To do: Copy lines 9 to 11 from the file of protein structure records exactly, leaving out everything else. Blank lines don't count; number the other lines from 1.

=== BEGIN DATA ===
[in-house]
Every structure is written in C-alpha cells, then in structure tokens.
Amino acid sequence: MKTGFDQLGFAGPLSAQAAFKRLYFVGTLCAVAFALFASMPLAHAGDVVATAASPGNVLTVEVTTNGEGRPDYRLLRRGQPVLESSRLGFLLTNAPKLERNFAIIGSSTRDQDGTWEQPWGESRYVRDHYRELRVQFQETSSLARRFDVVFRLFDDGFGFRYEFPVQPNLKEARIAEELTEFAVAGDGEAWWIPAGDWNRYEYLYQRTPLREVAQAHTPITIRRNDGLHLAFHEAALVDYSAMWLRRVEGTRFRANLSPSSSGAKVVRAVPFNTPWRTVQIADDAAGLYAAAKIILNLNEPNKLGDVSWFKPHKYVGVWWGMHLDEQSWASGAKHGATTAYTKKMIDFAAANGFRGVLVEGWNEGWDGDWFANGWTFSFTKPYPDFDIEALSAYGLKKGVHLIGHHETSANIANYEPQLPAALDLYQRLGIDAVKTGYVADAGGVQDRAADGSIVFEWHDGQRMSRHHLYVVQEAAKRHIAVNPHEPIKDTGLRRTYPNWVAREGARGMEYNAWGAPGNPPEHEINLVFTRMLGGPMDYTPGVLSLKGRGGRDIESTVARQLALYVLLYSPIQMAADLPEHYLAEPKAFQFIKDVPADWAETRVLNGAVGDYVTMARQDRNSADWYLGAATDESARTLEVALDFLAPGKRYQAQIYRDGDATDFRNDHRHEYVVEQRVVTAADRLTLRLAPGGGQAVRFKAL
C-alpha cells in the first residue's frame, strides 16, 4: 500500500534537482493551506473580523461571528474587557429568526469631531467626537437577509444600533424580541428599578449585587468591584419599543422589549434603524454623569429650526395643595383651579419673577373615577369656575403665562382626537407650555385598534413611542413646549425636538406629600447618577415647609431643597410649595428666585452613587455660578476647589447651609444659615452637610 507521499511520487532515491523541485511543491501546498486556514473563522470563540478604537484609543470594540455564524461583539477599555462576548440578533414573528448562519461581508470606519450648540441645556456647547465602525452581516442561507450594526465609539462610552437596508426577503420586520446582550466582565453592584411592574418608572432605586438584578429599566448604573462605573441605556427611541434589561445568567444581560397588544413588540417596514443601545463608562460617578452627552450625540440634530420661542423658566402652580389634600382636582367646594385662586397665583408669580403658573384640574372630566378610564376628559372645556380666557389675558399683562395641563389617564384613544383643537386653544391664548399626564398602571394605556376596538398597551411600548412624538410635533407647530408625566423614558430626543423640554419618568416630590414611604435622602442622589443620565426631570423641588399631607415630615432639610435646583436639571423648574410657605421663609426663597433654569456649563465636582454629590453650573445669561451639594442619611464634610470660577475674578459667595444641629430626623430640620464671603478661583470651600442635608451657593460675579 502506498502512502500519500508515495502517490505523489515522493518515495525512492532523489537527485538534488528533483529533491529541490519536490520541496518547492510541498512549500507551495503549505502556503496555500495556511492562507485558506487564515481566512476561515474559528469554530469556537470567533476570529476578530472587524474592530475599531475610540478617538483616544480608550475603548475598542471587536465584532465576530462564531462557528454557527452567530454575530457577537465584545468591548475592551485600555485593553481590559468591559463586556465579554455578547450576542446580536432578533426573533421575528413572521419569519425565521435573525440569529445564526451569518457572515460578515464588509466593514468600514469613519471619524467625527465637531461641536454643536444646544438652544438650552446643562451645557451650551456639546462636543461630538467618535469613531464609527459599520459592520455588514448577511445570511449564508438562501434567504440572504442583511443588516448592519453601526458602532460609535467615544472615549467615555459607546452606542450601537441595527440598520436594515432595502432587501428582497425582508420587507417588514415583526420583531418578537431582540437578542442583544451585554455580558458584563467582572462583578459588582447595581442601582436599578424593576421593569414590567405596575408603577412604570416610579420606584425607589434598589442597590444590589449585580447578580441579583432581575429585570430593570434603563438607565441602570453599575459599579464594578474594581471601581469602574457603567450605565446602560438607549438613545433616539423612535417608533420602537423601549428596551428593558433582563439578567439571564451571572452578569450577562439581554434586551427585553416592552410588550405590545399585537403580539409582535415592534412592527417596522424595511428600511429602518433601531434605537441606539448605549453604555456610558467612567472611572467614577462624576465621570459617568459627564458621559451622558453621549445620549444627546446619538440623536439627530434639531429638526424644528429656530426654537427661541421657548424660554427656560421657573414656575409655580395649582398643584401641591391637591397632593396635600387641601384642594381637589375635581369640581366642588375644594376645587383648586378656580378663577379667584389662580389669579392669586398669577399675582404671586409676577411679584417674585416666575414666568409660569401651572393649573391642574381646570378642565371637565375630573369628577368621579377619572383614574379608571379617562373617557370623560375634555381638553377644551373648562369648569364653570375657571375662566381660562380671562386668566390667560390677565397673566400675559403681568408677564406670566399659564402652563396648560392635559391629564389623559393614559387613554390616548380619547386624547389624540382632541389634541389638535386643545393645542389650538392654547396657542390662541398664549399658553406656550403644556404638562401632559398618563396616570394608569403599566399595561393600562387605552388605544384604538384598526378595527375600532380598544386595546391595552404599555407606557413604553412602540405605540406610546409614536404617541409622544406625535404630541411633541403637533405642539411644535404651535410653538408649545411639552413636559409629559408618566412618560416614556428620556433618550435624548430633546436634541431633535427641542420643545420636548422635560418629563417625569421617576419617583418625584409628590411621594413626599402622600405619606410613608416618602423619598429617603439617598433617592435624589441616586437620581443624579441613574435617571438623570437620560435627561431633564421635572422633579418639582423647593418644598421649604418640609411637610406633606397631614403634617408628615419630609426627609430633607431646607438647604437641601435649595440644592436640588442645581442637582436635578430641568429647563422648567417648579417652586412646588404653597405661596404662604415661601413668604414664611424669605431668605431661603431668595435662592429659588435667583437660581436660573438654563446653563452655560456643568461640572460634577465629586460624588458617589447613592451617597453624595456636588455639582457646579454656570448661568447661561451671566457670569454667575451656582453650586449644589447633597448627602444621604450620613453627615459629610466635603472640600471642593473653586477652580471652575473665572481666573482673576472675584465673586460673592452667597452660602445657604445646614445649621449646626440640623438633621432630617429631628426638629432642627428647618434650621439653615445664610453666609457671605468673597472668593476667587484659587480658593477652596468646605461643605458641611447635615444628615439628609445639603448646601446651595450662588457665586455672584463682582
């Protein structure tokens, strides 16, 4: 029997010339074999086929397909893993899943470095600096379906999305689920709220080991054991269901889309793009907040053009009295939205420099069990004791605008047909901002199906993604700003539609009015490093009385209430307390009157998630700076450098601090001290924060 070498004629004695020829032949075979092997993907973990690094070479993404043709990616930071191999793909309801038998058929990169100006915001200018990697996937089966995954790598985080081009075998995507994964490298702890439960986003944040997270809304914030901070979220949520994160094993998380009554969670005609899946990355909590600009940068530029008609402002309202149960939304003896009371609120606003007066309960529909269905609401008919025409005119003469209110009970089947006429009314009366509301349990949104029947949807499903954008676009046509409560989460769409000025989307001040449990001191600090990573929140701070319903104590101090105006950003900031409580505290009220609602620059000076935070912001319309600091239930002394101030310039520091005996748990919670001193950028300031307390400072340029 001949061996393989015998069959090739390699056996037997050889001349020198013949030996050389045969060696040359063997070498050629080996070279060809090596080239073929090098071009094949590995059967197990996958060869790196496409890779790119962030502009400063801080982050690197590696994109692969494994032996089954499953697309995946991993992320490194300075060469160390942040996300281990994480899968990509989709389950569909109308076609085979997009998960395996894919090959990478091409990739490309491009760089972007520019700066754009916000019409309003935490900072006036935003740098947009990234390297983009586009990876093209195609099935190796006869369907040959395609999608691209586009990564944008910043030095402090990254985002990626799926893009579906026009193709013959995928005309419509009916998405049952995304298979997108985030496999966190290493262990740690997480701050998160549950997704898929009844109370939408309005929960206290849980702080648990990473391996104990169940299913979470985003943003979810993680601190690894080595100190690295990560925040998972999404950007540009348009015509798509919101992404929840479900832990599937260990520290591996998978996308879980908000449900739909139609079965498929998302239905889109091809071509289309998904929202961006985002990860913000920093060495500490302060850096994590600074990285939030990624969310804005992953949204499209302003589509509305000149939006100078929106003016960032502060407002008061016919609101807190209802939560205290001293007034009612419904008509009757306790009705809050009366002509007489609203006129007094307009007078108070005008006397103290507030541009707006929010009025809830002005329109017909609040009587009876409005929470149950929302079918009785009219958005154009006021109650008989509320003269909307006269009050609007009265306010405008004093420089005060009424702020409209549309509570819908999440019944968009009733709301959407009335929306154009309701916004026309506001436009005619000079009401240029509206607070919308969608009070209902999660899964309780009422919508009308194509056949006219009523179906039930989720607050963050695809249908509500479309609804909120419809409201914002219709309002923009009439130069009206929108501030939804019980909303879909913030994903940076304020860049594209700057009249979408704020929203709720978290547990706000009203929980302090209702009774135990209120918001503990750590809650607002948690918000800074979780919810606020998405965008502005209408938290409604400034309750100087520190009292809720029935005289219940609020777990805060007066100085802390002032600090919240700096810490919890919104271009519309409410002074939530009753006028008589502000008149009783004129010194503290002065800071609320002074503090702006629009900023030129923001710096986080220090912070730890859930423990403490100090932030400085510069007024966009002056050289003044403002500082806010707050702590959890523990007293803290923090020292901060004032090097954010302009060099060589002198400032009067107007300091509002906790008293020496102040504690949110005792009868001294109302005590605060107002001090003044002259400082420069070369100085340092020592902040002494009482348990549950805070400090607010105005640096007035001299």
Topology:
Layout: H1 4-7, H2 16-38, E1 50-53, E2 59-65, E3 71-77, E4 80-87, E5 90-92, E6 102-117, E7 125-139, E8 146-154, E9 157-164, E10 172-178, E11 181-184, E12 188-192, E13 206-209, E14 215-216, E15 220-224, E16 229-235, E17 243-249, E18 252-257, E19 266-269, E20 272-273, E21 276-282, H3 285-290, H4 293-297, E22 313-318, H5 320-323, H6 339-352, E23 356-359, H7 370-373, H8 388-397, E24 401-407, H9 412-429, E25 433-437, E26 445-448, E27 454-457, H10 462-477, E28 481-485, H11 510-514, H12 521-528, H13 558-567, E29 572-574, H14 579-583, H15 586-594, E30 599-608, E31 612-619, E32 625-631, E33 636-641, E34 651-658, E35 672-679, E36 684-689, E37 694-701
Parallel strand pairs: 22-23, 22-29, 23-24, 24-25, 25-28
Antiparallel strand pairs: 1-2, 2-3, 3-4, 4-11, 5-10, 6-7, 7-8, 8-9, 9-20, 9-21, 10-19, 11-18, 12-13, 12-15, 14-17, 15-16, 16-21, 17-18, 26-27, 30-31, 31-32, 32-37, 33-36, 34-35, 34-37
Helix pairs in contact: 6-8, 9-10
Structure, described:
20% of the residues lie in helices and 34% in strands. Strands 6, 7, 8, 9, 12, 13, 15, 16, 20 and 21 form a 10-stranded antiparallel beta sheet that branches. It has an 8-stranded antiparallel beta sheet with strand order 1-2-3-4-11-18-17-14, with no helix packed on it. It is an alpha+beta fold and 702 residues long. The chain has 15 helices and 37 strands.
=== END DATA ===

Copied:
Antiparallel strand pairs: 1-2, 2-3, 3-4, 4-11, 5-10, 6-7, 7-8, 8-9, 9-20, 9-21, 10-19, 11-18, 12-13, 12-15, 14-17, 15-16, 16-21, 17-18, 26-27, 30-31, 31-32, 32-37, 33-36, 34-35, 34-37
Helix pairs in contact: 6-8, 9-10
Structure, described: